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Monthly Archives: January 2011

The Kings Speech

The movie, The King’s Speech is making waves at the moment and is a favourite to win an Oscar.

The proverb of unknown origin, “cometh the hour, cometh the man”, fits King George VI very well. My father in his memoirs records a little known fact of British history that highlights the calibre of this man.

My parents, Frank and Marjory Duncan, had trained to be missionaries and were due to leave for China, when England, and with it the entire Empire entered the Second World War. NZ passports were being refused and all men and women of military age were forbidden to leave the country. My father and mother, engaged to be married, received a letter from the relevant Government Department advising them that they had permission to leave the country at the specific request of King George VI.

When England entered the war, King George VI called the entire British Empire to observe a Day of Prayer. During this time he felt that if the Empire wished to know God’s blessing in the defense of the realm, it must do nothing to hinder the work of His kingdom. He therefore released all those who were already trained for missionary service to proceed to take the Gospel to the world. He also believed these people would make good Ambassadors and public relations personnel wherever they went.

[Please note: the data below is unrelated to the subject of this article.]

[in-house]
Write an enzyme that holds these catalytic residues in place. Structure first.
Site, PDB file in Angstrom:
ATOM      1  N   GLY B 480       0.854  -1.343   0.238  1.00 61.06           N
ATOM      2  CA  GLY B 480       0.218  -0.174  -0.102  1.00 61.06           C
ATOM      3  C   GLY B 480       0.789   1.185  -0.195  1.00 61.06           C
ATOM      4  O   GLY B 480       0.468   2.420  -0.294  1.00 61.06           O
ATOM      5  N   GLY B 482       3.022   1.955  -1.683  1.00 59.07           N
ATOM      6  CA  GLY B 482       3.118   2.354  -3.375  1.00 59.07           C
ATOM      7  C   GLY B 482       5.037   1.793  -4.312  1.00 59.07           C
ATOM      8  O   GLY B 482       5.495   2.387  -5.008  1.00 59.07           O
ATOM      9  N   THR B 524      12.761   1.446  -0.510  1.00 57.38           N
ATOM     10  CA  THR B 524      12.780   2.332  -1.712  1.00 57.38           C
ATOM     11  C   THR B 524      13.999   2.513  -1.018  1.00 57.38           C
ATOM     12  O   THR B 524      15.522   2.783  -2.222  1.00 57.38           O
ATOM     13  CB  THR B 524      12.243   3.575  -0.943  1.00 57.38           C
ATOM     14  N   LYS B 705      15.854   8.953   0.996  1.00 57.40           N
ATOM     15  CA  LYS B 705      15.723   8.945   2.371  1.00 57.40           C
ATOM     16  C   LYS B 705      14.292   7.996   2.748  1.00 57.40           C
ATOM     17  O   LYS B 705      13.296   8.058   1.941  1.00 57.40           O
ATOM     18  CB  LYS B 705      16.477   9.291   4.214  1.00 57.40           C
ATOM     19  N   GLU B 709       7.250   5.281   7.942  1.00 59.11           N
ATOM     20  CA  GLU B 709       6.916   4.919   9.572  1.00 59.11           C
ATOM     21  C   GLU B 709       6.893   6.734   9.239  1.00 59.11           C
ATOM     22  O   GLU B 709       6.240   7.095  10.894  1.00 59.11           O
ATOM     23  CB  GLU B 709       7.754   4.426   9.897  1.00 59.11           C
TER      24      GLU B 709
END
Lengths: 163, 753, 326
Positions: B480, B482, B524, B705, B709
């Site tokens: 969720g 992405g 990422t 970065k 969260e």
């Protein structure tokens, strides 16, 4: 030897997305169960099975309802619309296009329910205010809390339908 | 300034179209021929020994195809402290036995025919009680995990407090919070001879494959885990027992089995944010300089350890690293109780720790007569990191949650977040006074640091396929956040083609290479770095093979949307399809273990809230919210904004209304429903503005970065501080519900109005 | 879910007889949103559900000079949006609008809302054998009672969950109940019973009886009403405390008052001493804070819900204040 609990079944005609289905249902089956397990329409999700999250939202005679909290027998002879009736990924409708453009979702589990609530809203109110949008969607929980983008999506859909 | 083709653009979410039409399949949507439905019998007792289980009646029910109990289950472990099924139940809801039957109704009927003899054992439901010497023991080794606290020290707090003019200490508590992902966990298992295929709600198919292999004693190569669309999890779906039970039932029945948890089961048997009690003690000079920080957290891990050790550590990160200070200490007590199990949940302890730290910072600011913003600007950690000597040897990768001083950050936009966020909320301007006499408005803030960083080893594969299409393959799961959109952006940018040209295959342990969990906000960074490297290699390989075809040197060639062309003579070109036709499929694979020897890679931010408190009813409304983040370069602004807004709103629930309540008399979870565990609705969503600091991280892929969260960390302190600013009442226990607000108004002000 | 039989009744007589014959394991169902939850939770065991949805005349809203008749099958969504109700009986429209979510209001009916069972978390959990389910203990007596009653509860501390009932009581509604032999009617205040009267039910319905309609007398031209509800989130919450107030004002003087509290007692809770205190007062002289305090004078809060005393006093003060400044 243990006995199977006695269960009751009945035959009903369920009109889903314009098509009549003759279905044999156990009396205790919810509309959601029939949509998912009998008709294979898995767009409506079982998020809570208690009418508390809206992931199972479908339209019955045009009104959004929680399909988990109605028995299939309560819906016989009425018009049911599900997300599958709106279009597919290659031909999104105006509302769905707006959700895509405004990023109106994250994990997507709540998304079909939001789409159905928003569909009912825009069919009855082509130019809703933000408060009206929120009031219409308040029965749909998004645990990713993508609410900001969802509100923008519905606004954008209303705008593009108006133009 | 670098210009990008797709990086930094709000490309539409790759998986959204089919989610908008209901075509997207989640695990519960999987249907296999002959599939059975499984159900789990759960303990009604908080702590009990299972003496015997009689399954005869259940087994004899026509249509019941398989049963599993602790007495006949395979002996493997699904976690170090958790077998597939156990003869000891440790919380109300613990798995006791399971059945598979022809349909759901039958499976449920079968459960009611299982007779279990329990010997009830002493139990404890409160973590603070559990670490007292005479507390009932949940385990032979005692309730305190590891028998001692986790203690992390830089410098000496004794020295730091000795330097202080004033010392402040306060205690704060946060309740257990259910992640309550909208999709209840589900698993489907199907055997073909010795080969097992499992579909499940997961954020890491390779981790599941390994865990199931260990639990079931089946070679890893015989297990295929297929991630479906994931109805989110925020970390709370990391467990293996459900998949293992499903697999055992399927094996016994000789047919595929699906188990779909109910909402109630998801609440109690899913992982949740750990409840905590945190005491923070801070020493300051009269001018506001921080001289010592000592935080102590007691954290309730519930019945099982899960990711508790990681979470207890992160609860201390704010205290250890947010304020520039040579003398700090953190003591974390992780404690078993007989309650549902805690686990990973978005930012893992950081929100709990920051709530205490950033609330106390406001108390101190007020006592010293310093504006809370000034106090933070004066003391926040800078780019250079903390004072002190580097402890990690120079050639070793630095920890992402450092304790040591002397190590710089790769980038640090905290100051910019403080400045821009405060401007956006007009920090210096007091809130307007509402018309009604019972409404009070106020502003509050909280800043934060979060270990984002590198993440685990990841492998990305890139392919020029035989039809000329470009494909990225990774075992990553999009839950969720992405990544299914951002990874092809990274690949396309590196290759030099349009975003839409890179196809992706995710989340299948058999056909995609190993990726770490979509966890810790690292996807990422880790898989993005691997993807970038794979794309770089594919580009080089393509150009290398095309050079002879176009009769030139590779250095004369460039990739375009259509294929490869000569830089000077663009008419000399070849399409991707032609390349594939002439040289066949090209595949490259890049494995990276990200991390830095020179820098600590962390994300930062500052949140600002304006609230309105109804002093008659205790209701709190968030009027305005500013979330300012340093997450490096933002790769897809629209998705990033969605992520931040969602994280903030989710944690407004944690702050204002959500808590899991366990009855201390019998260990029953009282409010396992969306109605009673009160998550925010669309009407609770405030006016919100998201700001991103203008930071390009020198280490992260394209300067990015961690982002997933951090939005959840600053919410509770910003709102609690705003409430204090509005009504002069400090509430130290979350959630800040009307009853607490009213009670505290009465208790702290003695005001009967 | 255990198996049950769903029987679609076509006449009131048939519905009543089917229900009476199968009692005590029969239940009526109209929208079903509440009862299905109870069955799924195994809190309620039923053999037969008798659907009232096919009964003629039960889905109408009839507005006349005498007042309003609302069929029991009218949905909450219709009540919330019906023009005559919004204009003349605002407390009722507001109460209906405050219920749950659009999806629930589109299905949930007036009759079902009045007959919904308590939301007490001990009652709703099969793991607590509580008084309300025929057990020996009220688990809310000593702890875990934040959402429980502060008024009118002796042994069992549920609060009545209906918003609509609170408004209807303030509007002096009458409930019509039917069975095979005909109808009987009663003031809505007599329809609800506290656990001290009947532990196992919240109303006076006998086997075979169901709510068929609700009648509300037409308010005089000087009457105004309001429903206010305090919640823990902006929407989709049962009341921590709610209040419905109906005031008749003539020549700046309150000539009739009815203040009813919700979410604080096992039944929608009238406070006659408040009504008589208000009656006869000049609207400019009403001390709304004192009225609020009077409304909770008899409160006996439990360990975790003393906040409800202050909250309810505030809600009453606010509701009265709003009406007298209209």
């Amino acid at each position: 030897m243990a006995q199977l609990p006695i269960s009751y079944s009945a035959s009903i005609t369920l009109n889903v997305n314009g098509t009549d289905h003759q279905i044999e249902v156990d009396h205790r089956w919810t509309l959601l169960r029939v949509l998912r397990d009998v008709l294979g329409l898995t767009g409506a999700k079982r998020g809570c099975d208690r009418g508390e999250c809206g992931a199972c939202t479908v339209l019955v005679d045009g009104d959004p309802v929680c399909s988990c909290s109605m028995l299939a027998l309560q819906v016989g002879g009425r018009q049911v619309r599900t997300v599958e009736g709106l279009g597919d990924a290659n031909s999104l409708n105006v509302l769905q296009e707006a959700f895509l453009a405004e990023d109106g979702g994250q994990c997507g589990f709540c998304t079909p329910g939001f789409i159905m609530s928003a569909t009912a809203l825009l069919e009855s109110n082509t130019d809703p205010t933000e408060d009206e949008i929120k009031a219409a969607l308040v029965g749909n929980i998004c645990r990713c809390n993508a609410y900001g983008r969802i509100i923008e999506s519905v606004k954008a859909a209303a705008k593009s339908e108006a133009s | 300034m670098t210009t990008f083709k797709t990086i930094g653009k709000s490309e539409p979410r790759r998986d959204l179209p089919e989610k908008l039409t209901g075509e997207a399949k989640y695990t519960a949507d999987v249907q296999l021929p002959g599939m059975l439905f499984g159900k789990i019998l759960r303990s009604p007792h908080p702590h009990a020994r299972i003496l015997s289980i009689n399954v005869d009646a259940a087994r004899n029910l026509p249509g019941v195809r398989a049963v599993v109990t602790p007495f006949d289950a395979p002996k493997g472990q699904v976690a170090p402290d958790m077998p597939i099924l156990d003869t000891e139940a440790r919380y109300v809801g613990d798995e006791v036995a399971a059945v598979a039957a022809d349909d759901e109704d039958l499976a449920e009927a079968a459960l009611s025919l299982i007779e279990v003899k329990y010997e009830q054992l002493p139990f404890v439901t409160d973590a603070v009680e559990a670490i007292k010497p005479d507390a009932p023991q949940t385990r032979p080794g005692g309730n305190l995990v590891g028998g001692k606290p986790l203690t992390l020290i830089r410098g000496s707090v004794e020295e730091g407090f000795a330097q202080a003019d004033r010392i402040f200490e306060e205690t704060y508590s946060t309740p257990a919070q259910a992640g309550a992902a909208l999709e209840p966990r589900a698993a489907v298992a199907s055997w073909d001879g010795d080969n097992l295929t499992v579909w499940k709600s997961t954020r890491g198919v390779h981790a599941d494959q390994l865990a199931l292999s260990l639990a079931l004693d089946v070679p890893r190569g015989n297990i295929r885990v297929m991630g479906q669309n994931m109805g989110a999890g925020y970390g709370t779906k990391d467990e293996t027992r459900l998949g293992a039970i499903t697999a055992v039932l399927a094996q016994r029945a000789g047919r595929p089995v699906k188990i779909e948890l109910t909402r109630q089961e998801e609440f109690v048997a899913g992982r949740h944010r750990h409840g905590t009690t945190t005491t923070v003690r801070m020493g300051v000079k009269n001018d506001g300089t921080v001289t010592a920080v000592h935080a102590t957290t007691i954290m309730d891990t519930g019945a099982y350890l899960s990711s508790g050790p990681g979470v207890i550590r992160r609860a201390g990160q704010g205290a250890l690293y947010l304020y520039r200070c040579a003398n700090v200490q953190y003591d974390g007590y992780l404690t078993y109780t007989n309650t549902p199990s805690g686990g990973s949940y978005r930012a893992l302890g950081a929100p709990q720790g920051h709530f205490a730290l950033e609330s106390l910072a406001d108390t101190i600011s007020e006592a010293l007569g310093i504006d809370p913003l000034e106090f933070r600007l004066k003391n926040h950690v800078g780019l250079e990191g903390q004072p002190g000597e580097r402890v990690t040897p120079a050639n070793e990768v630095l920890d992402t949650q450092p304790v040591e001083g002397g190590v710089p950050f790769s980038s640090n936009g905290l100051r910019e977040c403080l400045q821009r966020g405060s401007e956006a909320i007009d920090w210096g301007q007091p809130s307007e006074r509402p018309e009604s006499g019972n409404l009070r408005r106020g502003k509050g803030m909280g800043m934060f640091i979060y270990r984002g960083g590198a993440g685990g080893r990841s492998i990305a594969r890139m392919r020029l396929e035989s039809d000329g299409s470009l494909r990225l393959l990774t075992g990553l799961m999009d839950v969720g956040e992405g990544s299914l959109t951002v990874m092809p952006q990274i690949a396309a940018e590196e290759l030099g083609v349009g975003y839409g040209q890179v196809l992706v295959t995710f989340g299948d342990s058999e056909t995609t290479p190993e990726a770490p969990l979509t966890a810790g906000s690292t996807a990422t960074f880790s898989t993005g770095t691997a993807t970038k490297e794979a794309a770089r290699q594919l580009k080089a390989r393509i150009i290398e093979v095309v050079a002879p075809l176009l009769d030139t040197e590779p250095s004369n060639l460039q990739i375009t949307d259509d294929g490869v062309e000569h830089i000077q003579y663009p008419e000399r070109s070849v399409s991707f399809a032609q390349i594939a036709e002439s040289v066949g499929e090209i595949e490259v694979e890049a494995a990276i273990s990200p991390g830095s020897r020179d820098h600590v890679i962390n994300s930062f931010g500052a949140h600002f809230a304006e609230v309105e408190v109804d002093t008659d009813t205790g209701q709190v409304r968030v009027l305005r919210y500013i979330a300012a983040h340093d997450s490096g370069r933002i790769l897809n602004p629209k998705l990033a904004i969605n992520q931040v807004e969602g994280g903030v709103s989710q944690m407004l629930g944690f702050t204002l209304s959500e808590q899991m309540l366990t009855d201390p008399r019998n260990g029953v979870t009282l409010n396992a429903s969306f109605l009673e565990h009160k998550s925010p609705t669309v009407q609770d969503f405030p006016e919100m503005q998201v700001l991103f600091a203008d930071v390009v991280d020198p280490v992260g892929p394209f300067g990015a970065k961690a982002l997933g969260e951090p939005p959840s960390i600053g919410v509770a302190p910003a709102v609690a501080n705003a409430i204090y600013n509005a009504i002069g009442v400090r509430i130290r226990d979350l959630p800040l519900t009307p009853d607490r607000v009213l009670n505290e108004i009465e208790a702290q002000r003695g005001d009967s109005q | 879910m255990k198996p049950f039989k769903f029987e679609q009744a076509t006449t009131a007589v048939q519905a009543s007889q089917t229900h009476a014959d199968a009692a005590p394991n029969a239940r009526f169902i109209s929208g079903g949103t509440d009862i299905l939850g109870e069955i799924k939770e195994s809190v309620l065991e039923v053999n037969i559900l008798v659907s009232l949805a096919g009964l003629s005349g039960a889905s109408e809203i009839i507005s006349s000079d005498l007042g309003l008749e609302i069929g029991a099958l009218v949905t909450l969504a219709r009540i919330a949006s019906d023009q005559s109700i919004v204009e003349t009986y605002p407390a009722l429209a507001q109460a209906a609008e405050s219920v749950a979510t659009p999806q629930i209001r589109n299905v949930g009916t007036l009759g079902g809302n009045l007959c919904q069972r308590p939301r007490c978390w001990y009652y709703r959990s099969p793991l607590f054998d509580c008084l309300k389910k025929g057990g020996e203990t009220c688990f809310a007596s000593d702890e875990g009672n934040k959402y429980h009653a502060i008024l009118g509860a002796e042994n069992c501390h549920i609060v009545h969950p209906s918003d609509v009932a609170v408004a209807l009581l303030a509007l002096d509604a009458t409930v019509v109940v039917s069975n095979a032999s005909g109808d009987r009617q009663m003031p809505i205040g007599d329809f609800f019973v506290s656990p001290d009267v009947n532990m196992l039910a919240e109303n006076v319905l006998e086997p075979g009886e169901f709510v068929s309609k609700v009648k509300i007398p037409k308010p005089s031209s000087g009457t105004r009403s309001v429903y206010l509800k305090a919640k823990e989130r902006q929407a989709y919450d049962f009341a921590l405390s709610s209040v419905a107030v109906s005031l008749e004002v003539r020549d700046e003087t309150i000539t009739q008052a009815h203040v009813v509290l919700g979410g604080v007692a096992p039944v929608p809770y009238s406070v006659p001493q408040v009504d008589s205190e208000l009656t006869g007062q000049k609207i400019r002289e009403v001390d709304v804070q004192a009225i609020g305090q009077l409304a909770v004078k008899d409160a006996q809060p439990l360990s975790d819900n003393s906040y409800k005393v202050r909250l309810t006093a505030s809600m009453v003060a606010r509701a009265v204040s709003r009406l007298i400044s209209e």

This information was confirmed by the Hon Fred Jones who was the NZ Minister of Defence at the time and throughout the war years.

Would King Edward VIII have made such a decision? The Scriptures say that God puts kings in power and God takes them down. His is the Unseen Hand in history. It was God who allowed his unlawful personal relationship with Wallace Simpson to bring King Edward VIII down so He could bring the hesitant Bertie to the throne “for such a time”

 
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Posted by on 26 January, 2011 in Articles, Devotional, Personal

 

Back in harness